Diamond Sutra

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The Chinese Diamond Sutra, the oldest known dated printed book in the world, printed in the 9th year of Xiantong Era of the Tang Dynasty, i.e. 868 CE. British Library.
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The Diamond Sutra (Sanskrit: वज्रच्छेदिका प्रज्ञापारमितासूत्र Vajracchedikā-prajñāpāramitā-sūtra; Chinese: 金剛般若波羅蜜多經 or short 金剛經, pinyin: jīn gāng bān ruò bō luó mì duō jīng or jīn gāng jīng; Japanese: kongou hannya haramita kyou or short kongyou kyou; Vietnamese Kim Cương Bát Nhã Ba La Mật Kinh or Kim Cương Kinh; Tibetan (Wylie): ’Phags pa shes rab kyi pha rol tu phyin pa rdo rje gcod pa zhes bya ba theg pa chen po’i mdo; "The Sutra of the Perfection of Wisdom of the Diamond that Cuts Through Illusion") is a short Mahayana sutra of the Perfection of Wisdom genre, which teaches the practice of the avoidance of abiding in extremes of mental attachment. A copy of the Diamond Sutra, found sealed in a cave in China in the early 20th century, is the oldest known printed book, with a date of 868.[1]

Contents

The Diamond Sutra, like many sutras, begins with the famous phrase "Thus have I heard" (एवं मया श्रुतम्, evaṃ mayā śrutam). In this sutra the Buddha has finished his daily walk with the monks to gather offerings of food and sits down to rest. One of the more senior monks, Subhuti, comes forth and asks the Buddha a question.

What proceeds from there is a lengthy, often repetitive, dialogue regarding the nature of perception. The Buddha often uses paradoxical phrases like "What is called the highest teaching is not the highest teaching".[2]

The Buddha is trying to help Subhuti unlearn his preconceived, and limited, notions of what reality is, the nature of Enlightenment, and compassion.

A particularly noteworthy part is when the Buddha teaches Subhuti that what makes a Bodhisattva so great is that the Bodhisattva does not take pride in his work to save others, nor is his compassion calculated or contrived. The Bodhisattva practices sincere compassion that comes from deep within, without any sense of ego or gain.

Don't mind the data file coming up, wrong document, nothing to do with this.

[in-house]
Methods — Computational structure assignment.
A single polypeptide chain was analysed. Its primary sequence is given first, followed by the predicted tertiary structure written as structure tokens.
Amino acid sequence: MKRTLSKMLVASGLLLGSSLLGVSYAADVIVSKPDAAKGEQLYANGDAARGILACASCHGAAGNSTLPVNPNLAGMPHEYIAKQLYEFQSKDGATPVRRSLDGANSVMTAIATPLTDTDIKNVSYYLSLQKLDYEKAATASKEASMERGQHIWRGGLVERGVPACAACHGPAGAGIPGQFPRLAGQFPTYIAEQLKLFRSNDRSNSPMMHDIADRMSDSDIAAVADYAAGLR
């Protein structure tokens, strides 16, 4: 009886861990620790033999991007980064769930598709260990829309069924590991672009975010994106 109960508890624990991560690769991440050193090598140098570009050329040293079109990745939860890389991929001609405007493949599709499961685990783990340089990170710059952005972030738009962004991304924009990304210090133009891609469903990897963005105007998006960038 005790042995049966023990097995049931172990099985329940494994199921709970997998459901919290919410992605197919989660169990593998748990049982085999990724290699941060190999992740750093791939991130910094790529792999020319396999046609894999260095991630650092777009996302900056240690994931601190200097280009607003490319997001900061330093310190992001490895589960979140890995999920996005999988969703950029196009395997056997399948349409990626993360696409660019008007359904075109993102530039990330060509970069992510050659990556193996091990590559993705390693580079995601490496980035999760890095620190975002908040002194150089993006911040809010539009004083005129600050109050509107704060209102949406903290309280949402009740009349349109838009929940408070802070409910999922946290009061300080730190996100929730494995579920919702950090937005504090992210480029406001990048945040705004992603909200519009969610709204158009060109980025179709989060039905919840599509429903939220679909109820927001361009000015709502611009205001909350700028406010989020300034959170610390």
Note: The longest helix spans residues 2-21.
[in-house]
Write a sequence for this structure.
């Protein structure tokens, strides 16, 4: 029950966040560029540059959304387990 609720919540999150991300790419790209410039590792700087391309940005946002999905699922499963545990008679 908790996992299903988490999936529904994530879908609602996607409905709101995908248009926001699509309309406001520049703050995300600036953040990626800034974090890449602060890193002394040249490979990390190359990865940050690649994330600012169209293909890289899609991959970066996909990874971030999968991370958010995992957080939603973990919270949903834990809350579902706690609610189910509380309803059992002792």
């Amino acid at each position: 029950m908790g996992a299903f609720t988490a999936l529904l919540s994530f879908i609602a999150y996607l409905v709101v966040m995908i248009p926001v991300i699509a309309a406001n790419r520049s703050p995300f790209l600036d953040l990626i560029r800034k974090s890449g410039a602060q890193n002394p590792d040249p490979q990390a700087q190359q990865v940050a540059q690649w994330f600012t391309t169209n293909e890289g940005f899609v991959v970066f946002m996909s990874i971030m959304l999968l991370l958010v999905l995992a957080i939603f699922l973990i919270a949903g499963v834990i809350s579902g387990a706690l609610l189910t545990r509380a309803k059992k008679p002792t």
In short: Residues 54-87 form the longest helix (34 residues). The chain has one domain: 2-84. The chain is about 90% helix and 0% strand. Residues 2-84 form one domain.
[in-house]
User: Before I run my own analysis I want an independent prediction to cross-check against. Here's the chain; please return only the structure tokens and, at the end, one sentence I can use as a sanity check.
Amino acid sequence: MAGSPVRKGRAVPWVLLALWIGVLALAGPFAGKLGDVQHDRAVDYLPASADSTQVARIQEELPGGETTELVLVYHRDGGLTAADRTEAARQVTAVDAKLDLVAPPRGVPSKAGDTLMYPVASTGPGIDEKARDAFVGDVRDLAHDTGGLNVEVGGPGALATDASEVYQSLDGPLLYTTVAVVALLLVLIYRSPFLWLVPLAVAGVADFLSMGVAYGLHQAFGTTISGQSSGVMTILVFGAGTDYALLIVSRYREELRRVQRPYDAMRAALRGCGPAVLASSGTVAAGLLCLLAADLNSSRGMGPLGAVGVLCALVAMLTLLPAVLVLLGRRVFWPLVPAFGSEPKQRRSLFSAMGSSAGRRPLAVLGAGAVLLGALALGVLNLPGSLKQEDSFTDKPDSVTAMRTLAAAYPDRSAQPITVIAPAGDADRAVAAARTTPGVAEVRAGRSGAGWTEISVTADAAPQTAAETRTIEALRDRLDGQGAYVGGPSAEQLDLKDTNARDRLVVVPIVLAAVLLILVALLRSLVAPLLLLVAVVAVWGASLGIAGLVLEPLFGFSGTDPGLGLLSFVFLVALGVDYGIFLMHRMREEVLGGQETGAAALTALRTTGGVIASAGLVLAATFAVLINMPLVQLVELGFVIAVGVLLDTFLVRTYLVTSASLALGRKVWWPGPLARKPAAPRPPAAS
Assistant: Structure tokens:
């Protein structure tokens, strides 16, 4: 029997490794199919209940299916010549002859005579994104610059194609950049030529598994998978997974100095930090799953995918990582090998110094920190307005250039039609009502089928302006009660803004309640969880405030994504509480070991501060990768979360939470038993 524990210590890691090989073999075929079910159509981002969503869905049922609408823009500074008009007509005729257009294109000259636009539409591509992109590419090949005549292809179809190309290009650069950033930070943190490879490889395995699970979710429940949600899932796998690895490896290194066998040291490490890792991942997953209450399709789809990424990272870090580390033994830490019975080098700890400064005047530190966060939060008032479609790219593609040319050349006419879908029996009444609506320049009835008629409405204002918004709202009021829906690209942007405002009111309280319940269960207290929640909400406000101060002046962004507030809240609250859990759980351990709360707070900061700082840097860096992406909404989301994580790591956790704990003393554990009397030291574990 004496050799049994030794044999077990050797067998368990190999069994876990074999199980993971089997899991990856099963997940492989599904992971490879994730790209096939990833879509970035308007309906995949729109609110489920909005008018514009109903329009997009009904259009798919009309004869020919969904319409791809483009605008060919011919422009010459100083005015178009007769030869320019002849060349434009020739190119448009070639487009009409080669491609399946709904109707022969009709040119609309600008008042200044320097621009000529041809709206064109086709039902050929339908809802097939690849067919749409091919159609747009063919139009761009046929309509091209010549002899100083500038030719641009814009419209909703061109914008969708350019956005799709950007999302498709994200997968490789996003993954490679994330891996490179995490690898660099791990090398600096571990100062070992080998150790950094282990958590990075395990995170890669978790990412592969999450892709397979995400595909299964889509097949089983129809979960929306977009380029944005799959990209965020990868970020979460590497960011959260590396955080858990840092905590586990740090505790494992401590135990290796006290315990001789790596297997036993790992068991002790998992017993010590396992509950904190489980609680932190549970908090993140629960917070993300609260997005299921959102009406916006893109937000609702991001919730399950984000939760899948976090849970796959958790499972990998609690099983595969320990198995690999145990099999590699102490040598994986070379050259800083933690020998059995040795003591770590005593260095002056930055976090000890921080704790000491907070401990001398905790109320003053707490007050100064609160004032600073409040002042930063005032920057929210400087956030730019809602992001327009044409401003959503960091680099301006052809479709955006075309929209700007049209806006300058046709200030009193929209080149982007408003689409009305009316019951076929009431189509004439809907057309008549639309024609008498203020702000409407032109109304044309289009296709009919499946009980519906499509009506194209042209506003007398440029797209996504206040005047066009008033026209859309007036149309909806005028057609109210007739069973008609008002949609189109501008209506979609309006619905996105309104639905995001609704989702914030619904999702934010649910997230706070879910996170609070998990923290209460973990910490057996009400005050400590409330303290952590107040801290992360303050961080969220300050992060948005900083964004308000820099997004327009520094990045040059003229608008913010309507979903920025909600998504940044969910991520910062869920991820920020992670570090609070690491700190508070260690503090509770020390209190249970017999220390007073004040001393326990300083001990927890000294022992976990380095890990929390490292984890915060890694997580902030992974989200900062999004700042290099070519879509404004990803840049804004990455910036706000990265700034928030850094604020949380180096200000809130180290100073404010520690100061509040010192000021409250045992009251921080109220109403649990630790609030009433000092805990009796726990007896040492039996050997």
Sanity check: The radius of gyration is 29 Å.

In another section, Subhuti expresses concern that the Diamond Sutra will be forgotten 500 years after it is taught (alternatively, during the last 500 years of this era). The Buddha assures Subhuti that well after he is gone, there will still be some who can grasp the meaning of the Diamond Sutra and put it into practice. This section seems to reflect a concern found in other Buddhist texts that the teachings of the Buddha would eventually fade and become corrupted. A popular Buddhist concept, known as mappo in Japanese, also reflects this same anxiety.

In Practice

Since it can be read in approximately forty minutes, the Diamond Sutra is often memorized and chanted in Buddhist monasteries. This sutra has retained significant popularity in the Mahāyāna Buddhist tradition for over a millennium, especially in East Asia, and most importantly within the East Asian meditation (Zen/Chan/Seon/Thien) tradition, where it is recited, taught, and commented extensively, even today. The text resonates with a core aspect of Chan doctrine/praxis: the theme of "non-abiding."

It is repeatedly stated in the Diamond Sutra that if a person embodies even four lines of the Sutra within their sadhana, they will be blessed.

British Library

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Image from the British Library Copy
There is a wood block printed copy in the British Library which, although not the earliest example of block printing, is the earliest example which bears an actual date. The copy is a scroll, about 16 feet long, found in 1907 by the archaeologist Sir Marc Aurel Stein in the walled-up Mogao Caves near Dunhuang, in northwest China. The caves are known as the "Caves of the Thousand Buddhas." The colophon, at the inner end, reads: Reverently [caused to be] made for universal free distribution by Wang Jie on behalf of his two parents on the 13th of the 4th moon of the 9th year of Xiantong (i.e. 11th May, CE 868). This is about 587 years before the Gutenberg Bible.

References

Notes

1. ^ The world's earliest dated (868 AD) printed book is a Chinese scroll about sixteen feet long and containing the text of the Diamond Sutra. It was found in 1907 by the archaeologist Sir Marc Aurel Stein in Mogao Caves in Dunhuang, and is now in the British Museum. The book displays a great maturity of design and layout and speaks of a considerable ancestry for woodblock printing. The colophon, at the inner end, reads: Reverently [caused to be] made for universal free distribution by Wang Jie on behalf of his two parents on the 13th of the 4th moon of the 9th year of Xiantong [i.e. 11th May, CE 868 ].
2. ^ Diamond Sutra, Sec. 8, Subsec. 5 金剛經,依法出生分第八,五:結歸離相

Bibliography

  • Thich Nhat Hanh: The Diamond that Cuts Through Illusion: Commentaries on the Prajñaparamita Diamond Sutra. Berkeley, CA, USA: Parallax Press, 1992 ISBN 0-938077-51-1

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